B2B Mobile Traffic: Hype vs. Reality


I recently read Mobile Usability by UX gurus Jakob Nielsen and Raluca Budiu and came across a statement that piqued my interest to do a little digging into our own clients. The statement is as follows:
“Because many mainstream websites won’t see a lot of mobile users, they should just adapt their basic design to avoid the worst pitfalls for those few mobile users they’ll get.” I was curious to see how much mobile traffic our B2B clients are receiving, so we dove into Google Analytics and this is what we found:

  • Desktop: 88.7% of traffic
  • Tablet: 5.42% of traffic
  • Mobile: 5.88% of traffic

 What were mobile users looking at? Still hungry for more, we researched the top three page views for mobile device usage for each client and discovered:

  • ALL of our clients reviewed had About Us, Contact Us and/or Team/Leadership Team in their top three viewed pages - most had at least two of these in their top three.
  • The next viewed pages were Services (overview page), a specific product or blog posts/blog home.

The conclusion? From our research, it seems like the few users our clients are getting on mobile devices are scoping out to see who they are (About Us, Team/Leadership Team), how to get in touch with them (Contact Us) and maybe taking a look to see what services they offer. Are they taking a deep dive into the content? Not so much.

Another interesting fact from the Nielsen/Budiu book is about user success rates on mobile phones. I thought that since most people hate browsing the web on their mobile phones because it's awkward, slow and generally disappointing, that it must be harder too, right? Kind of wrong.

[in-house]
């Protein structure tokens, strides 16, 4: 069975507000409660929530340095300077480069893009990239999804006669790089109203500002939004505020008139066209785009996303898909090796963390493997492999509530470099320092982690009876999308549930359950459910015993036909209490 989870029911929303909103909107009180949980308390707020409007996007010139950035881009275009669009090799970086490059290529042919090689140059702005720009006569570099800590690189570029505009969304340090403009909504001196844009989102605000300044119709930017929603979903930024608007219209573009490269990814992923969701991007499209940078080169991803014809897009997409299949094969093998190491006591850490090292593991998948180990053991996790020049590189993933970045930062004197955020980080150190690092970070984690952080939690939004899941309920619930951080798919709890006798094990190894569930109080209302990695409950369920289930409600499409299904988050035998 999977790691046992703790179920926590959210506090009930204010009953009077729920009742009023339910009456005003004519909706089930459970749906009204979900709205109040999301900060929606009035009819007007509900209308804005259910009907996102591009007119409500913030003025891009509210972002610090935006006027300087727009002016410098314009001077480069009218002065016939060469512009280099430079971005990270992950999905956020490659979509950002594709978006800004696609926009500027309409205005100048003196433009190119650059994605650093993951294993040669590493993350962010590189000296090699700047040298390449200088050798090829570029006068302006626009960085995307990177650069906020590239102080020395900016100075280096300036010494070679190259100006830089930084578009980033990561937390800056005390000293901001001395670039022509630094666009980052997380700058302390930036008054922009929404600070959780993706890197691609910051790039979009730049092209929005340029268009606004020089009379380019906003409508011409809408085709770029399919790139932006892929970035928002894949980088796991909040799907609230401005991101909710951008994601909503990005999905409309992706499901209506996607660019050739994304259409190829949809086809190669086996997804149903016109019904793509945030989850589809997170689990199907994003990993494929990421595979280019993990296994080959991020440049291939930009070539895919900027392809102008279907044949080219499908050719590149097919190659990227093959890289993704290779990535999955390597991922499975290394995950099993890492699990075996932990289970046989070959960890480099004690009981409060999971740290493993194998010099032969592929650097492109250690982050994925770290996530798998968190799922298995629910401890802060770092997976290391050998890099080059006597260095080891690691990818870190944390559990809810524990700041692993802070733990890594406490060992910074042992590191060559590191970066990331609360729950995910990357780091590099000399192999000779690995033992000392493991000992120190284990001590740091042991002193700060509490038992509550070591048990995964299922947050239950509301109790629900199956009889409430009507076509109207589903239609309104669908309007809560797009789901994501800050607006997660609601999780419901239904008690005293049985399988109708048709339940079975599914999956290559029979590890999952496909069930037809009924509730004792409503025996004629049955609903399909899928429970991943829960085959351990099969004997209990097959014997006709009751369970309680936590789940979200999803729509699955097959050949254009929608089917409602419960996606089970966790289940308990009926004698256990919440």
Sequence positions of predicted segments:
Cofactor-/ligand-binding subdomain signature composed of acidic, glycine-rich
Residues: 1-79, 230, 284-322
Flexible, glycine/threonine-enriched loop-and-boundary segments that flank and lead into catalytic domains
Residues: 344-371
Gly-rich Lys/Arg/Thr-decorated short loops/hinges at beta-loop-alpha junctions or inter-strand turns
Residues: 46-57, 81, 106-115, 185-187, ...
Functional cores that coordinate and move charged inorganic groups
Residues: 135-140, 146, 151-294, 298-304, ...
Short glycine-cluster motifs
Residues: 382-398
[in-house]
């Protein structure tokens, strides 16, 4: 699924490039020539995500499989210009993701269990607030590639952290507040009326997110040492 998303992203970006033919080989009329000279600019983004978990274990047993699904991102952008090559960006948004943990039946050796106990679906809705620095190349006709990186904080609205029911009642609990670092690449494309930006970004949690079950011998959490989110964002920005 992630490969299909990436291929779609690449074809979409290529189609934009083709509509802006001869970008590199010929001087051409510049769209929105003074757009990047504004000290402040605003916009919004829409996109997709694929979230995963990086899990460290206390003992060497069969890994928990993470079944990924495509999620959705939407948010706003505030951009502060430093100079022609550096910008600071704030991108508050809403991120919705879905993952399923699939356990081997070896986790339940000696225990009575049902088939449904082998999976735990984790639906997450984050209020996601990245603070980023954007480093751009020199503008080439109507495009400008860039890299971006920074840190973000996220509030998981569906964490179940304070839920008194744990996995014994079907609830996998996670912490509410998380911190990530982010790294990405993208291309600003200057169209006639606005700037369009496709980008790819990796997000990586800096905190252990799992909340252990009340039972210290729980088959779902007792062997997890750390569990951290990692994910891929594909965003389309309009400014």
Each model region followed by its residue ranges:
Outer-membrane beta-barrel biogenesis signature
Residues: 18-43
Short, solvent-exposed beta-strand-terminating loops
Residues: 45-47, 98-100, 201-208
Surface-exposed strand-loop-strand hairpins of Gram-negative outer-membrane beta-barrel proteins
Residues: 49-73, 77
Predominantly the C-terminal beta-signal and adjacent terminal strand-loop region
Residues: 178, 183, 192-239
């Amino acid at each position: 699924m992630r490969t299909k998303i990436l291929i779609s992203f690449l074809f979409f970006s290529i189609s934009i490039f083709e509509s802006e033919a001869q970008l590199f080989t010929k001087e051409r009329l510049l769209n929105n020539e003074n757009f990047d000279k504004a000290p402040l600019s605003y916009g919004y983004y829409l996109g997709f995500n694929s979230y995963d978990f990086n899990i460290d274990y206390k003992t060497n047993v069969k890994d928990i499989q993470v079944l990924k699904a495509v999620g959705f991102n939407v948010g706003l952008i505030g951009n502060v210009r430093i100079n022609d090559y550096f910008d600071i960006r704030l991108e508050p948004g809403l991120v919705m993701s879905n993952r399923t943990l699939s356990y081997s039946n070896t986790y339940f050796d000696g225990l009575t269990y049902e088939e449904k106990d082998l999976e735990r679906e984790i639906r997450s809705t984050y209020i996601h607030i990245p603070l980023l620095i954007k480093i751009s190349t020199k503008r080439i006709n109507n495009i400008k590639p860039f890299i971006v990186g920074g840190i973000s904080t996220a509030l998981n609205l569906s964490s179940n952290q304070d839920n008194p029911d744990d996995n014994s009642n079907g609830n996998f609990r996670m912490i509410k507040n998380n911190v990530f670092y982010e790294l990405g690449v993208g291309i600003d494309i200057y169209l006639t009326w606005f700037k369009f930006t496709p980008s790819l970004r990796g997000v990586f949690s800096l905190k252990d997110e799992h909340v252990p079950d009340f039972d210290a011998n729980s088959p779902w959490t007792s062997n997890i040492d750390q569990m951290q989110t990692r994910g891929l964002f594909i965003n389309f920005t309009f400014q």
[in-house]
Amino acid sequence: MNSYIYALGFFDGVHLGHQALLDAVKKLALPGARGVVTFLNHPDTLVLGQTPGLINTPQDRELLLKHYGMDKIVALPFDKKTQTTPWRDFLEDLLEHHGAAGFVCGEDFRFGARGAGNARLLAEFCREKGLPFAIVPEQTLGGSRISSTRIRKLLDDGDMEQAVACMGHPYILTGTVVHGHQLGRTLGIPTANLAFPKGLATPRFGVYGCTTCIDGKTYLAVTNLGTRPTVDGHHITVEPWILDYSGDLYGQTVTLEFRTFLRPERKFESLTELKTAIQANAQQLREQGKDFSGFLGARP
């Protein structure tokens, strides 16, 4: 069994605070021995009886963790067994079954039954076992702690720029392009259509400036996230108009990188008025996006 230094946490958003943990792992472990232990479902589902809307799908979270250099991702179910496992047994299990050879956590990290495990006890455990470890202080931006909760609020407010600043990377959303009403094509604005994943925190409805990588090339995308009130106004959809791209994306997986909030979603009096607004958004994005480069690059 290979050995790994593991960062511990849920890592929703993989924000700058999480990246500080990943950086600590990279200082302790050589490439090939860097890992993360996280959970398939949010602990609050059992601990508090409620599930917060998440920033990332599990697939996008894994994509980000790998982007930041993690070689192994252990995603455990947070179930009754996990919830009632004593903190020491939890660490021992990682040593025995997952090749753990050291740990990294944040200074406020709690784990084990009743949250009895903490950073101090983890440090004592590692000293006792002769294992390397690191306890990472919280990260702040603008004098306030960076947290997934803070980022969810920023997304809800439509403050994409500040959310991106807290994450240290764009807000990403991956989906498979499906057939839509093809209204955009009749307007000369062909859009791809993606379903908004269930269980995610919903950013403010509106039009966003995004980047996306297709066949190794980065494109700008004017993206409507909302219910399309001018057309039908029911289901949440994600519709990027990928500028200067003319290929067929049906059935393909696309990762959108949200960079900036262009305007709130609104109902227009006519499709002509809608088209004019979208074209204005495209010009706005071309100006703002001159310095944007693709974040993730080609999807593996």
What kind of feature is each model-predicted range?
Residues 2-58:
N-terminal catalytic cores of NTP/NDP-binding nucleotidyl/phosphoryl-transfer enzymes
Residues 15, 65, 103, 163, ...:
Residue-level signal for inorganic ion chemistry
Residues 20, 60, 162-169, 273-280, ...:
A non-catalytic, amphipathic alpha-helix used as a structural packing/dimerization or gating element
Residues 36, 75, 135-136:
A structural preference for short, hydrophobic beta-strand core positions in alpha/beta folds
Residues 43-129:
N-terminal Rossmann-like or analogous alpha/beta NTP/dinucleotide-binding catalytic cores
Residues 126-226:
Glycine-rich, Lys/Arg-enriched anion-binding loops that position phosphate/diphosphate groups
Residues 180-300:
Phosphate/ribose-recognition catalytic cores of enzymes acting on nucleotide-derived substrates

After much research, Nielsen/Budiu reported the following success rates for users completing tasks with their mobile phones on mobile-specific sites vs. regular full sites. Here's what they found:

  • 64% success rate for completing tasks on mobile-specific websites
  • 60% success rate for completing tasks on full websites

Wow, right? Not much of a difference.
What does this mean? Should you really ignore your mobile users? I look back at Jeff Robertson’s post last November, Three and a Half Strategies for Responding to a Mobile Web, and although responsive design is the latest craze, maybe Strategy 1 is the best route for B2B - Ignore the Mobile User. I’m not saying that’s the end-all, be-all. But, should you spend more money building new versions of your website just to please a few users looking at your “About Us” page? Probably not. Should we look at your Google Analytics and create those pages to work well on a mobile phone? Probably so.

As new technologies and gadgets are released and evolve, it’s always a smart choice to see what’s best for your users, your industry and your content. The answer to planning for mobile isn’t a one-size-fits-all solution.

Shay Ruggles
written by SHAY RUGGLES

Shay Ruggles is the Director of UX at Carbon8 who ensures we are creating compelling experiences that balance user intent, clients’ business needs and site performance. A former Account Manager, Video Producer and Carbon8’s first employee, Shay leveraged her years of experience, education and research to transition to the creative team of Carbon8 in 2012.

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